Welcome to Pace Pinellas
About Pace Pinellas
Founded in 1985, and started in Pinellas County in 1997, Pace began as a community response to the lack of female-specific programs for girls involved in the juvenile justice system, at risk of dropping out of school, or facing other serious risks. Since 1997 Pace Pinellas has served more than 1,500 girls by offering them and their families hope and opportunity for a brighter future.
Pace’s comprehensive and holistic approach to Educational Alternative Services includes academics, counseling, training, and advocacy services. Pace helps girls continue and complete their education, stay out of the criminal justice system and obtain the skills necessary to lead productive lives as leaders, mentors, role models, successful business professionals, and positive forces for change.
Since opening its doors in 1997, Pace Pinellas has offered positive opportunities for 1,500 girls who were failing in school, struggling with histories of abuse, combating unhealthy relationships, and facing a wide range of other serious risks by introducing hope, love, and change into their lives.
Pace Pinellas Fast Facts Sheet 2021 | DOWNLOAD
Anneyah started Pace Pinellas in the summer of 2019 as a truant, isolated teen who had over 166 classroom absences in just 69 days. She became so independent that she refused help from others and avoided meeting new people. After a year and a half of being at Pace Pinellas and fully emerged in an individualized academic plan, social services care, and hands-on community-focused experiences, Anneyah's trajectory has turned from unstable to promising.
Now as a 16-year-old senior, Anneyah is on track to graduate early in the spring of 2021. Anneyah shares that gaining the confidence from Pace to be involved in activities that she previously shied away from has helped her grow in ways she never thought possible. She has represented our center at Pace Day at the Capitol in Tallahassee, been the chair of our Girls Leadership Council at Pace Pinellas and a state-wide representative to the other centers, been selected as a top student to participate in Pace's annual All About Girls Summit, and led numerous center tours, board conversations, and meetings with area legislators. As a role model, encourager, and friend to everyone at Pace Pinellas, we're proud to see her accomplishing goals and looking towards her bright future ahead.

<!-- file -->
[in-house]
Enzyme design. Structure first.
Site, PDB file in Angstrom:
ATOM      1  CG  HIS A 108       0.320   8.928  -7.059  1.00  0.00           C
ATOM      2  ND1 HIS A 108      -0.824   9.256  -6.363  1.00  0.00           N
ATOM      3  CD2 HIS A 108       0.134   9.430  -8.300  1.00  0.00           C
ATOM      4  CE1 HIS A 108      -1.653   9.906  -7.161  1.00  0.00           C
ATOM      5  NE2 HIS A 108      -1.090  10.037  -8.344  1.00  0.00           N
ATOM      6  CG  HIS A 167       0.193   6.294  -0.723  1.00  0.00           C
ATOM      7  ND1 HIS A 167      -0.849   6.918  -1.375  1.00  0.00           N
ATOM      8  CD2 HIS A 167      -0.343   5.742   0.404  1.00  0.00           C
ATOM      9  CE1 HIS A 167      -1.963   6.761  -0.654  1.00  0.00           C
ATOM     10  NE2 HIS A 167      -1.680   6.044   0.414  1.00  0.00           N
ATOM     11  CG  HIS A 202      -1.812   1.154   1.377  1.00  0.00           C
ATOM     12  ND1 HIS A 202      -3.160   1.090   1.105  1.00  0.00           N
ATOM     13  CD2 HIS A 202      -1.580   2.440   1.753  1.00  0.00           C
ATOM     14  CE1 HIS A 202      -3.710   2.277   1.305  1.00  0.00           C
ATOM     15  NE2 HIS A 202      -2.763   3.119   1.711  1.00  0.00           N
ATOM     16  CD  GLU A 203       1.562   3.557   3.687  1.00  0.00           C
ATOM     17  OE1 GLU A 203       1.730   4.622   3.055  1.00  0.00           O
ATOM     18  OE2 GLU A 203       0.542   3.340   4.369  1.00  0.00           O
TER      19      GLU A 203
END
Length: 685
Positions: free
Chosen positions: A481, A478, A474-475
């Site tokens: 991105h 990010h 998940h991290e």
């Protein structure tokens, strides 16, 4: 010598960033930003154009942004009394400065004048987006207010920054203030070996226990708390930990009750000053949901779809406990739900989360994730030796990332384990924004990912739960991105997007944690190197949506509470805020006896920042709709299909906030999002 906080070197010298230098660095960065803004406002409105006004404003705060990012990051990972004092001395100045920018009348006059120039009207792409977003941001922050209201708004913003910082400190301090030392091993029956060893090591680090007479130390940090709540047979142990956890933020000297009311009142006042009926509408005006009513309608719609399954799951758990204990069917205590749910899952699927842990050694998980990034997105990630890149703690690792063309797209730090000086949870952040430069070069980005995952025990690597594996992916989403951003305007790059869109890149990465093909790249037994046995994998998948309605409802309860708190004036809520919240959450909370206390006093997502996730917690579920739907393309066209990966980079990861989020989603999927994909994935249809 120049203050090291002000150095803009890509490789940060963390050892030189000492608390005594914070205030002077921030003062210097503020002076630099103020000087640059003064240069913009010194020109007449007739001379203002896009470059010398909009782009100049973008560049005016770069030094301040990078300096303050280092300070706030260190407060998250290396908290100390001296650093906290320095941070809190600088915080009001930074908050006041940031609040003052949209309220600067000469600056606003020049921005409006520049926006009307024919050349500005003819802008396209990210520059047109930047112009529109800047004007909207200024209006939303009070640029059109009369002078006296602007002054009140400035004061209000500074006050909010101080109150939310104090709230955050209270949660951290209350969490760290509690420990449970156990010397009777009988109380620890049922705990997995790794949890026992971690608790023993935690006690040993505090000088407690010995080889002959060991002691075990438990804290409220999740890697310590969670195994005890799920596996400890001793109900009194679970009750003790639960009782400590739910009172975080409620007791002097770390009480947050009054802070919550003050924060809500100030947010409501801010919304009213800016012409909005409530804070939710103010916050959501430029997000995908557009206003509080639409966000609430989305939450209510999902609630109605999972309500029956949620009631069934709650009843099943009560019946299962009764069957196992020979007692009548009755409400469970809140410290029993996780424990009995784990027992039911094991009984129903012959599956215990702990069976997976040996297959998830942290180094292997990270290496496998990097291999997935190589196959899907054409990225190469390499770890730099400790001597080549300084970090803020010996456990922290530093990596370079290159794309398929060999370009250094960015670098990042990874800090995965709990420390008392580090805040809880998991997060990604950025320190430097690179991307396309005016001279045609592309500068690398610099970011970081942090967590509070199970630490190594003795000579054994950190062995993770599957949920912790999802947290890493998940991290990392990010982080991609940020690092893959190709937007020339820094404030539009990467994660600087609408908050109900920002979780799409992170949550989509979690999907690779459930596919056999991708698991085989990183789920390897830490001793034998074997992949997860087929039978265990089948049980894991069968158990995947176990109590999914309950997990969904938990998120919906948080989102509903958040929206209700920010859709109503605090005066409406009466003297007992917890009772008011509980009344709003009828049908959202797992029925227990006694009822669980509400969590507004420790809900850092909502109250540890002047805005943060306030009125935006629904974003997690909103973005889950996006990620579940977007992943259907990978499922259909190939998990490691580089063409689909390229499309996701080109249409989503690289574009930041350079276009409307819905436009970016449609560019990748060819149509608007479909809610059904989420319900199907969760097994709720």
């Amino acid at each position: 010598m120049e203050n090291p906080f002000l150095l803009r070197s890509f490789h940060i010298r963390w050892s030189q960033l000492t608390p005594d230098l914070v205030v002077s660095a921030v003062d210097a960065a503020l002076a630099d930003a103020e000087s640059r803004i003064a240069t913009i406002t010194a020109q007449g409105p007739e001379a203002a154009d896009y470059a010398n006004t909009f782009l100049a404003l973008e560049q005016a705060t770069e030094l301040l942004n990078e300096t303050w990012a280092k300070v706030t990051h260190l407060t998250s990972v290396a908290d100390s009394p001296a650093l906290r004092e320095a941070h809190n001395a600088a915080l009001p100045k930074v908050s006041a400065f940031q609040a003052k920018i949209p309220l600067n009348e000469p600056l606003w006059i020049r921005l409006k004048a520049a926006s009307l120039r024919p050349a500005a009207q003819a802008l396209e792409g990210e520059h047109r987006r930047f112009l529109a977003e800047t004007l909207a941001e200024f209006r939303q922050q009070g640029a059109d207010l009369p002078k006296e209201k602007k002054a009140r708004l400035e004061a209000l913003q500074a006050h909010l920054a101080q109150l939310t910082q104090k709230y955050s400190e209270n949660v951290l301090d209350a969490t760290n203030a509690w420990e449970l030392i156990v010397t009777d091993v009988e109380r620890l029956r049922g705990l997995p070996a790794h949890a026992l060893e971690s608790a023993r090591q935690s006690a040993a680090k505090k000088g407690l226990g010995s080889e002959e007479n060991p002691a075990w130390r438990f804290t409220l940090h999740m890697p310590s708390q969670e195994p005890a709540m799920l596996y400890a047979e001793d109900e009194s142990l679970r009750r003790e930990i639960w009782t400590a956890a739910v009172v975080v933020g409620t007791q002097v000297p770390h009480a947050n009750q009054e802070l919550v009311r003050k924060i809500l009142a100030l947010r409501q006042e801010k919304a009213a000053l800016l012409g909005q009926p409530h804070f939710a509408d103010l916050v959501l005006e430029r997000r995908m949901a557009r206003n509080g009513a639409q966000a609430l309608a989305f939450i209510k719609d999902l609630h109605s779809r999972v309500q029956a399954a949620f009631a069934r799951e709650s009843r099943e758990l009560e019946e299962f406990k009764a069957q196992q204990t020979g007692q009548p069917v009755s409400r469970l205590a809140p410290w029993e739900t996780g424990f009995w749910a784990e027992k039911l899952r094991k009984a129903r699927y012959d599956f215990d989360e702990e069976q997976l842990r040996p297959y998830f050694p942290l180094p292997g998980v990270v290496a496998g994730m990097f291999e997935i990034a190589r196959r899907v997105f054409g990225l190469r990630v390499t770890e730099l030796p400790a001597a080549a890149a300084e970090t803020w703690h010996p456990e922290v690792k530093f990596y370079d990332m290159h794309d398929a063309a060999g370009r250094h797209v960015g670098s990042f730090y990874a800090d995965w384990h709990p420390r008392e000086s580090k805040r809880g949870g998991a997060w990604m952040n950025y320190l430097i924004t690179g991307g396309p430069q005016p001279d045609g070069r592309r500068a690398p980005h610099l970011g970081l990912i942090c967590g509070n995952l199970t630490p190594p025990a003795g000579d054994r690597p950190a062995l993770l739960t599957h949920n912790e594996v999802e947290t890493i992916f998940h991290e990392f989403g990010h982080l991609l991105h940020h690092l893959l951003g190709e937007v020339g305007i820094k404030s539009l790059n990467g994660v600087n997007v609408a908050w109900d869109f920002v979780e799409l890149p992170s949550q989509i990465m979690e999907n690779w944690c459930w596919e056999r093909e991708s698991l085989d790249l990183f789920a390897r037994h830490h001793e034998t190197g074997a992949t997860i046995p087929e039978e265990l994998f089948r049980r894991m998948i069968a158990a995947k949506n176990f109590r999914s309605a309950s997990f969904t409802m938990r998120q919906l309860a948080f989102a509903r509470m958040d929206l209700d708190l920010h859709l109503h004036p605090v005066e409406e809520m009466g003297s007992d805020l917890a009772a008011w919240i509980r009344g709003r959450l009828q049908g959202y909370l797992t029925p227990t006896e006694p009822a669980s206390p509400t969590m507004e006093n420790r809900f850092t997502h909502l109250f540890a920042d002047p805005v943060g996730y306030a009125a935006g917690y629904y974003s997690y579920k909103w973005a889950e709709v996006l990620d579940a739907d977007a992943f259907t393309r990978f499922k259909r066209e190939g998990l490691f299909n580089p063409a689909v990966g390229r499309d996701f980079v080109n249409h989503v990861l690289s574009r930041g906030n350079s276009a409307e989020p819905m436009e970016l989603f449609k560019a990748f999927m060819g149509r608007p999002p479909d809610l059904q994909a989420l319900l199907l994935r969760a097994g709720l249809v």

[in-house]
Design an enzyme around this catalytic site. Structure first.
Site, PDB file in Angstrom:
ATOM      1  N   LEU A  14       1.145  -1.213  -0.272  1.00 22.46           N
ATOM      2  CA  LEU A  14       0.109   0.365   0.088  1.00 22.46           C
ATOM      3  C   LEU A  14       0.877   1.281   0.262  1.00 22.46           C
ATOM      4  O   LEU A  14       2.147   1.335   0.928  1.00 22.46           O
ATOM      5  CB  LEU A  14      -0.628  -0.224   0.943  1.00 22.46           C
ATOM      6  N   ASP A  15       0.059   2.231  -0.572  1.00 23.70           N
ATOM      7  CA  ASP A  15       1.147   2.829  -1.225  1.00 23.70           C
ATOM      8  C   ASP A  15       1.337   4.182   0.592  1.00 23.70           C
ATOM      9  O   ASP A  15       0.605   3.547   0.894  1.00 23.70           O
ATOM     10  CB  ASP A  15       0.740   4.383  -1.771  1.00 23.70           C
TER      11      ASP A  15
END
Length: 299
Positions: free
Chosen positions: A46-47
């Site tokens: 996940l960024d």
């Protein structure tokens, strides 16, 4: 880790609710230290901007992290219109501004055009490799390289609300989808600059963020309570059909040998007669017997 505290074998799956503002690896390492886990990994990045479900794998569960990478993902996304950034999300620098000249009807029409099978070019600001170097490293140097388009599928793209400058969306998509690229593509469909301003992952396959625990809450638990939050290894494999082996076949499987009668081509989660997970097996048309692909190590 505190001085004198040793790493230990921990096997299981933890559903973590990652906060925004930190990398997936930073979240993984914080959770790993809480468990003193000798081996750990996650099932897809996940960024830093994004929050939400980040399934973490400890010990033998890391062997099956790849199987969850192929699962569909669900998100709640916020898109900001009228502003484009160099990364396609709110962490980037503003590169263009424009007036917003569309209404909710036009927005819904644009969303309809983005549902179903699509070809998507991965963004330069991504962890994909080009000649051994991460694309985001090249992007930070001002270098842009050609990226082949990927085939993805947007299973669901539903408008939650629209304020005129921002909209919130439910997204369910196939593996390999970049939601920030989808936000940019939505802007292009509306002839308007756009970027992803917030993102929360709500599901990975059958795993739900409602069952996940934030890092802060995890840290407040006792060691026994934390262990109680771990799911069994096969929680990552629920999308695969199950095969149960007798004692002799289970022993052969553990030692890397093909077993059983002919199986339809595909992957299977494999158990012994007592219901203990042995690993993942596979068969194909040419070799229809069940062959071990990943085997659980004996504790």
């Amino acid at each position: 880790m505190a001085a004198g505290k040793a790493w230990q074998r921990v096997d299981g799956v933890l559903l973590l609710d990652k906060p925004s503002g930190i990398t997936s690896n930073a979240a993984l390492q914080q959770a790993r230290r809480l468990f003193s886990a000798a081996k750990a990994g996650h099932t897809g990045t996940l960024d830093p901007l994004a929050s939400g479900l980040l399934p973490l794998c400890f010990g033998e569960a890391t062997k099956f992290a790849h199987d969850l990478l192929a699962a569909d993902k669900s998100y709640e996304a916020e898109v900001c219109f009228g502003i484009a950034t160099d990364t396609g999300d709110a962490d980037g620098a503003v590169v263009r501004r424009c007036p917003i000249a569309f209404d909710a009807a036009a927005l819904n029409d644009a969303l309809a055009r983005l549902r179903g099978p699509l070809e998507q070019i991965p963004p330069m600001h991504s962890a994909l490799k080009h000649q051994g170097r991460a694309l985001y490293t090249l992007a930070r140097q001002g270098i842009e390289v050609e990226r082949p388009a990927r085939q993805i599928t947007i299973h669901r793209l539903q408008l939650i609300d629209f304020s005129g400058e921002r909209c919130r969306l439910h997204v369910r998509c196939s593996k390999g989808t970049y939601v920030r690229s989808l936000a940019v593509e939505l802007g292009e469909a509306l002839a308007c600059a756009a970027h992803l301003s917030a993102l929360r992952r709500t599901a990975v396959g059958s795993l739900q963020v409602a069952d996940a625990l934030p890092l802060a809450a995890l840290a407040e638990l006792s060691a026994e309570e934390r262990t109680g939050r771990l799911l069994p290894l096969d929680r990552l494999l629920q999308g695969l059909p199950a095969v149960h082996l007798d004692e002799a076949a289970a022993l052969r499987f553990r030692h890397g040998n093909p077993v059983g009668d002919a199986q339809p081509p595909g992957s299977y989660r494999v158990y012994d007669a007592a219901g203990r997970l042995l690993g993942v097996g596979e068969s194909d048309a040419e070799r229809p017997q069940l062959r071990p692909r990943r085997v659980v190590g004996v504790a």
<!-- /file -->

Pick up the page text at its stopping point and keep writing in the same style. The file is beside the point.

Meet Abby – a bright, beautiful, honor-roll student who graduated from Dixie Hollins High School in 2015. Her future is full of dreams and possibilities, but her journey to this point was not so easy.
At a young age, Abby was removed from her mother’s care and lived with her father and grandmother. She was 14 when her mother died from lung cancer and complications of substance abuse. Abby felt she had been neglected and abused by her mother and abandoned by her father because he was rarely around. Abby began using drugs, skipping school, was falling way behind and her grades were mostly F’s. The positive and stabilizing influence in Abby’s life was her loving grandmother but even she did not know what to do to help.
That is when they found Pace. Abby was 15, sad and alone when she started at Pace. Through the guidance from her counselor, and the patience and encouragement from teachers, Abby began to respect her life and work through the multitude of problems that were keeping her from being successful. In less than two years Abby had grown in many positive ways, exhibiting leadership through speaking to community groups advocating for girls and young women, leading tours at Pace, and representing Pace as a model in Beth Dillinger Foundation’s Value Me Fashion Show. Abby also became confident enough to mentor another Pace girl when that girl’s father committed suicide.
At Pace we believe in girls until they begin believing in themselves – We believe in second chances – We believe in looking forward, instead of backward. And we believe in Abby!
Risk factors are the underlying issues that lead girls to academic underachievement. These are issues such as: foster home placement, substance abuse (by girl or family member), domestic violence, incarceration of a family member, neglect, physical/emotional/sexual abuse, grief, emotional health concerns, low income, and more.